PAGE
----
(Fla. 3d DCA), cert. denied mem., 284 So.2d 224 (Fla. 1973) Seaboard Coast Line Railroad Co. v. Industrial Contracting Co., 260 So.2d 860 (Fla. 4th DCA 1972).

As for 3M, in Strazzulla v. Hendrick, 177 So.2d 1 (Fla. 1965), the Florida Supreme Court most recently established the criteria under which a court may reconsider and correct erroneous rulings which have become the law of the case. We therefore turn to that analysis for guidance for our conclusion that the law of the case sub judice must be changed. An appellate court should reconsider a point of law previously decided only as a matter of grace; such reconsideration is not a right and should not be made save in unusual circumstances, for the most cogent reasons, where manifest injustice will result from rigid adherence to the law of the case. Strazzulla at 4. There should be no reconsideration when such would amount to nothing more than a second appeal of a question determined on the first appeal. Id. In short, the law of the case does not rigidly bind a court to its former decisions; it is only addressed to its “good sense.” Id.
(citing Higgins v. California Prune Apricot Grower, Inc., 3 F.2d 896, 898 (2d Cir. 1924) (Learned Hand, J.)). Where there has been an intervening decision by a higher court contrary to the decision reached on the former appeal, the law of the case should be corrected, thereby making unnecessary resort to the higher court for relief. Strazzulla 177 So.2d at 4.

Perhaps the `good sense’ of which Judge Hand spoke comes down to a calculus of the relative unseemliness of a court’s altering a legal ruling as to the same litigants, with the danger that this may reflect only a change in the membership of the tribunal, and of its applying one

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rule to one pair of litigants but a different one to another pair identically situated. This explains why a clear conviction of error on a point of law that is certain to recur . . . will prevail over `the law of the case’ whereas `mere doubt’ will not. In the former instance the court knows that later litigants will be governed by a different rule; in the latter that is only a possibility.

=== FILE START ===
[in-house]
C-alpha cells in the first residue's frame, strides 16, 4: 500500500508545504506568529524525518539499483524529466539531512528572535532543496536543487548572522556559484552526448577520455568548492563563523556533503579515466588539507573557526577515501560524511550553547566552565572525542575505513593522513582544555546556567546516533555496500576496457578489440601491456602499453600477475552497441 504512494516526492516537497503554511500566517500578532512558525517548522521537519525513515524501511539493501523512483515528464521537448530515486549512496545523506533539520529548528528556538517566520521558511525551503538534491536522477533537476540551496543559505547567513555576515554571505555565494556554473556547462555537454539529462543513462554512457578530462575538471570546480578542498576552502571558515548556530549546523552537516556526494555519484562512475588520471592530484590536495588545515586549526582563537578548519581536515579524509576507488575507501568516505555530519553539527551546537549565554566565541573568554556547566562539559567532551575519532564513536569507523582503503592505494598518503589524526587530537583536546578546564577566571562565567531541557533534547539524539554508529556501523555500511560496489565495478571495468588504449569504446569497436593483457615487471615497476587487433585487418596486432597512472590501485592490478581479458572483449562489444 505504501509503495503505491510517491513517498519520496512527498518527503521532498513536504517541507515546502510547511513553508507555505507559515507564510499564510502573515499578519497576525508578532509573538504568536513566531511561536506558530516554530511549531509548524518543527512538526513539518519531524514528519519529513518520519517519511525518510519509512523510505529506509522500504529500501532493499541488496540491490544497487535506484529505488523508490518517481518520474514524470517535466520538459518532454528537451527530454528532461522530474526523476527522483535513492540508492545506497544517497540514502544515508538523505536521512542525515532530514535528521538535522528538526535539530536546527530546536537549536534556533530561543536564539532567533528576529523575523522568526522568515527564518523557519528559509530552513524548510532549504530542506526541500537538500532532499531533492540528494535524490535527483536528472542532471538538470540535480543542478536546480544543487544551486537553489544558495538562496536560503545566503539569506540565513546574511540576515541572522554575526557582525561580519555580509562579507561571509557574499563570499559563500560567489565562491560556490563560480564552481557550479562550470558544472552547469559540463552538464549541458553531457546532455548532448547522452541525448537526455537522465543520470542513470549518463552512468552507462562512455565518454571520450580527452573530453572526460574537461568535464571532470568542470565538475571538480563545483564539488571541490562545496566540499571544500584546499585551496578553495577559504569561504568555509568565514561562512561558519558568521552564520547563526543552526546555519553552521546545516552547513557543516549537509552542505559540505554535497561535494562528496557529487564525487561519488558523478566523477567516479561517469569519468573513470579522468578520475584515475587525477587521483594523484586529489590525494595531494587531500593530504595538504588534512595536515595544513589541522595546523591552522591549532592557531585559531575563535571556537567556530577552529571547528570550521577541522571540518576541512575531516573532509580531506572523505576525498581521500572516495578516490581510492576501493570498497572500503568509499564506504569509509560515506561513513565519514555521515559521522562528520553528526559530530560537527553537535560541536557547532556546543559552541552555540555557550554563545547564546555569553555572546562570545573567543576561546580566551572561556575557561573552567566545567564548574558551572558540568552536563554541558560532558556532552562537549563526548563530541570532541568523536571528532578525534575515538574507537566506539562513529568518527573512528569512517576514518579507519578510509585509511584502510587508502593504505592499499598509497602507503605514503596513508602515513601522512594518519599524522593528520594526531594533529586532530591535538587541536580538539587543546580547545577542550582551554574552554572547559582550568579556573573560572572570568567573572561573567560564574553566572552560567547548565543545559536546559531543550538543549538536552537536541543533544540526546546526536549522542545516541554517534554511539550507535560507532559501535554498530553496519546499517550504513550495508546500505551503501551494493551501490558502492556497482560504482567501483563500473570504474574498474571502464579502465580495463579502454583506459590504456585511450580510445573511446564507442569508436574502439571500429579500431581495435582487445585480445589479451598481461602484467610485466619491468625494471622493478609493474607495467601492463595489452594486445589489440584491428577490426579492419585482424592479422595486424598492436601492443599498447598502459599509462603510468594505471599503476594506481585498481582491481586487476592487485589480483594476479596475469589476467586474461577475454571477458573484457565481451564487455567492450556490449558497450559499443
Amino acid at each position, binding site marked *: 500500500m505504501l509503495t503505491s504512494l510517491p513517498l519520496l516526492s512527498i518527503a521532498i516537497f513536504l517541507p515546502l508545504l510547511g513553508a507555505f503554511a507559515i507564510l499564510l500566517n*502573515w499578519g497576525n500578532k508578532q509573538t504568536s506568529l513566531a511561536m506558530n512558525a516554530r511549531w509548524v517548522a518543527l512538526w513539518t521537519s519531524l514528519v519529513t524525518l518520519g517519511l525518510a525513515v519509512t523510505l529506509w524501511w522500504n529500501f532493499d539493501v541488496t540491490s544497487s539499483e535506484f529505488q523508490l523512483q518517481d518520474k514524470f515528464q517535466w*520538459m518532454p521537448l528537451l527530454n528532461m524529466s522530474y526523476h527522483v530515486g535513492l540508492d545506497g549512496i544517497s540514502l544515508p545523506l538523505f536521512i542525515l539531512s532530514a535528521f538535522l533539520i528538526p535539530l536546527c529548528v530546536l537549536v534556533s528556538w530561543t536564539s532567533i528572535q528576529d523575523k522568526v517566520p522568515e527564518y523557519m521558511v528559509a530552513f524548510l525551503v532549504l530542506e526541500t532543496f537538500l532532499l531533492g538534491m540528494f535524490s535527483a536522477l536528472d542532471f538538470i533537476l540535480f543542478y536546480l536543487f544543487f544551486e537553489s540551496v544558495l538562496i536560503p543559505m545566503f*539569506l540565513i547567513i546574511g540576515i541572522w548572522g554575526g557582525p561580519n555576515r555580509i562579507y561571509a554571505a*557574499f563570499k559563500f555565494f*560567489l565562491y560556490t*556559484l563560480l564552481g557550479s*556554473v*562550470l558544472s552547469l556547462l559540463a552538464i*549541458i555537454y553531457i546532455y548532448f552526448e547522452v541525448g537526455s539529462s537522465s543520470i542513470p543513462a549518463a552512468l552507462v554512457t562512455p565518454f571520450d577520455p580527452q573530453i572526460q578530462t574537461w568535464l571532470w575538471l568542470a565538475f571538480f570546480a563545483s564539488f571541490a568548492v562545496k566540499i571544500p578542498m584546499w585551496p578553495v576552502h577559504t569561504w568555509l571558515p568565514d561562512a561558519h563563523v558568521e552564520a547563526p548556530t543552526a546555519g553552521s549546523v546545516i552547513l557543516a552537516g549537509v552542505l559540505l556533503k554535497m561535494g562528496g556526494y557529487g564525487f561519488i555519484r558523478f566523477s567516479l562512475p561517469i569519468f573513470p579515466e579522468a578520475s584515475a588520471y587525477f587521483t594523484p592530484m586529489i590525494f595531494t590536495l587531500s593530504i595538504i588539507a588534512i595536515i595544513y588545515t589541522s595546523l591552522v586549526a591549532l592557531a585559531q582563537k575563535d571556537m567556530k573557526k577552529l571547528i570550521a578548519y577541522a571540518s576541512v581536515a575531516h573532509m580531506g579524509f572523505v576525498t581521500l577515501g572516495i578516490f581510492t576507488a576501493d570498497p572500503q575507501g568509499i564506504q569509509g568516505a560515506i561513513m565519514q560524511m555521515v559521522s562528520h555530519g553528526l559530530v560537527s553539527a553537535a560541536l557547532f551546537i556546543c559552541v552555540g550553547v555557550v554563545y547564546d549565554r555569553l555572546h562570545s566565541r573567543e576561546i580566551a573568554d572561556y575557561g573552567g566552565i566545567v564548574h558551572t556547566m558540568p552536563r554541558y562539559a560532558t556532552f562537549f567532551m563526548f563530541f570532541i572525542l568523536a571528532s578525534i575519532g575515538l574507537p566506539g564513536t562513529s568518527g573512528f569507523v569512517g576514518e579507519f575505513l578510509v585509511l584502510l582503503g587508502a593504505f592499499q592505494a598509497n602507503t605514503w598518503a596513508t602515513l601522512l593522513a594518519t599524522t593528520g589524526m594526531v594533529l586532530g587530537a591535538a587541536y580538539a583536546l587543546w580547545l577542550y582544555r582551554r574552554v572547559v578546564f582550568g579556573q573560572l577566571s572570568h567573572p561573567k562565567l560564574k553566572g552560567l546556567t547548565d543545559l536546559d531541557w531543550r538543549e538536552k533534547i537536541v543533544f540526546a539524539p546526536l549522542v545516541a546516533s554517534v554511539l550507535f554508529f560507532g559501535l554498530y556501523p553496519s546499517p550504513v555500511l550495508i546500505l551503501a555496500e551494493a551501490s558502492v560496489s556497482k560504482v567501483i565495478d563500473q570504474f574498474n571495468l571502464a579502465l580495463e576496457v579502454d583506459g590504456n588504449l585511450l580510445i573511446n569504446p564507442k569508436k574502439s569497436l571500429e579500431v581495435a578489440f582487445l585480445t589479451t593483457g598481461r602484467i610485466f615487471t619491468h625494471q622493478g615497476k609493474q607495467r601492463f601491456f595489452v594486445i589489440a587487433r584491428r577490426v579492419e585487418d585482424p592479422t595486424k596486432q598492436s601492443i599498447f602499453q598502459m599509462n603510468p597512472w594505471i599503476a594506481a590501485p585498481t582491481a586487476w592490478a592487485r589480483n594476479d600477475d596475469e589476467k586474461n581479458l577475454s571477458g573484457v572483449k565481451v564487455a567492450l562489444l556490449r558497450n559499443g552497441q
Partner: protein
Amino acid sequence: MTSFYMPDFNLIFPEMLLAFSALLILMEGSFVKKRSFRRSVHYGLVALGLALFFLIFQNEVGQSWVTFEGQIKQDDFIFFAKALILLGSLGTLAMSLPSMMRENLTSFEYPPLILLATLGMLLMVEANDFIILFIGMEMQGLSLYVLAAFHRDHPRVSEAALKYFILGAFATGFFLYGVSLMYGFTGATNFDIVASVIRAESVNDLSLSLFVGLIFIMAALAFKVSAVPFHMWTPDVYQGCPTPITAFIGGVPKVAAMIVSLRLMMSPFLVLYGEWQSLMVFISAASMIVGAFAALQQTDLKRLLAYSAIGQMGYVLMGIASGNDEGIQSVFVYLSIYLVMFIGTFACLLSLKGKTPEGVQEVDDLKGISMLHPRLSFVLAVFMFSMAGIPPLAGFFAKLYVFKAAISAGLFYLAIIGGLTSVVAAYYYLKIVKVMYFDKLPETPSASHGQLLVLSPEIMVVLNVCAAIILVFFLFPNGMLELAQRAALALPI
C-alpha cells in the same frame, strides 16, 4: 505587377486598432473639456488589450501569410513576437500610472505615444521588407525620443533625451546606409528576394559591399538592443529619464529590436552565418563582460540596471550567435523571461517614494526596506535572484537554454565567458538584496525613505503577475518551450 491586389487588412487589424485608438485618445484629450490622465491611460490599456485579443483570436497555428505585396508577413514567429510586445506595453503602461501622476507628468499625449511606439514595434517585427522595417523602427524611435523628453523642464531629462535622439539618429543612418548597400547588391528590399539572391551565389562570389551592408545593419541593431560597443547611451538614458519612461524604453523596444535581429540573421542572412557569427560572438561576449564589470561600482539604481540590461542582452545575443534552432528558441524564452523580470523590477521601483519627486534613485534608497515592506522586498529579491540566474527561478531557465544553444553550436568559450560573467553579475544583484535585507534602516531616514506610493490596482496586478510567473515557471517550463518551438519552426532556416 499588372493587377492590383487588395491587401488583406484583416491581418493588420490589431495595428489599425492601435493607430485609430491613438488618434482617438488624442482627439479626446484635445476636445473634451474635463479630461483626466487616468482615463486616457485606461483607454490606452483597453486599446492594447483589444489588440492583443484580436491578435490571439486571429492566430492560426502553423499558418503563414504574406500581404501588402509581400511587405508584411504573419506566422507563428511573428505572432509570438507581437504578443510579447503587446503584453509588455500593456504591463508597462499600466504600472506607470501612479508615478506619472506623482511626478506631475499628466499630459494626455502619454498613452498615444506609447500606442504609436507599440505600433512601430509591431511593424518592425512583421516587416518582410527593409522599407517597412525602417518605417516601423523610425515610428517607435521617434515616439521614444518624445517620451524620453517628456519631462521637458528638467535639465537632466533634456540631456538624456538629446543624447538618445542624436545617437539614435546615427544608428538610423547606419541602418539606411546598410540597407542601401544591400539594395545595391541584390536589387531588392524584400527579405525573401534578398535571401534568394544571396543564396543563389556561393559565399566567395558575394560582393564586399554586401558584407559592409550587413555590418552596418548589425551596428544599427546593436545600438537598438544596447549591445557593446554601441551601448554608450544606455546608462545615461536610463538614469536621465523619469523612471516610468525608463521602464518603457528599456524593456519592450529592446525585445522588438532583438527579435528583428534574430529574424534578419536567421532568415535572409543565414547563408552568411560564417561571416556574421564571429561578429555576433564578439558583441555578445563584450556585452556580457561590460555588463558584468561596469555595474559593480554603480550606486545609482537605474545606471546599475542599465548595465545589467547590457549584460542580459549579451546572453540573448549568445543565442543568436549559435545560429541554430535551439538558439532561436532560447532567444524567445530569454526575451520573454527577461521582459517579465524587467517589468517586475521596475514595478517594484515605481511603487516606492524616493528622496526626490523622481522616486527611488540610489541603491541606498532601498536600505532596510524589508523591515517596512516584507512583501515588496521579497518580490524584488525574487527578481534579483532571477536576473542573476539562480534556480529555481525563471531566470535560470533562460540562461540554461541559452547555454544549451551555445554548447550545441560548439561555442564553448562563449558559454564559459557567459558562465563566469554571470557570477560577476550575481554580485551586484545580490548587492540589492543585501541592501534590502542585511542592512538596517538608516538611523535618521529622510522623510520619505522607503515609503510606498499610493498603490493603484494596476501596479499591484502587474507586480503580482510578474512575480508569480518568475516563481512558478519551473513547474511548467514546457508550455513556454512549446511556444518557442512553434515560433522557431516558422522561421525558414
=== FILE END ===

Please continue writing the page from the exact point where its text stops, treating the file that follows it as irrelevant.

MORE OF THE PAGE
Zdanok v. Glidden Co., 327 F.2d 944, 953 (2d Cir. 1964) quoted in Strazzulla, 177 So.2d at 4-5.

In 3M Electric Corp. I, we held that a defendant could not seek contribution from the parent of a minor child plaintiff. I Quest we held to the contrary, while this case was still pending below, and expressly acknowledged the error we committed with 3M Electric Corp. I, on rehearing confirming “the consignment of [3M Electric Corp. I] to oblivion,” Quest, 392 So.2d at 258. In quashing our decision in Quest, the supreme court in fact modified our holding to the extent that contribution is available against the parent of a minor child plaintiff only to the extent of existing liability insurance coverage for the parents’ tort against the child. See Quest, 414 So.2d at 1065. That decision is now the law of this court see Quest v. Joseph, 416 So.2d 27 (Fla. 3d DCA 1982), the law of this state and must, in the interest of justice, be the law of this case. We now, therefore, truly and finally consign 3M Electric Corp. I to the oblivion it deserves, and with it the late law of this case.

Reversed and remanded for further consistent proceedings.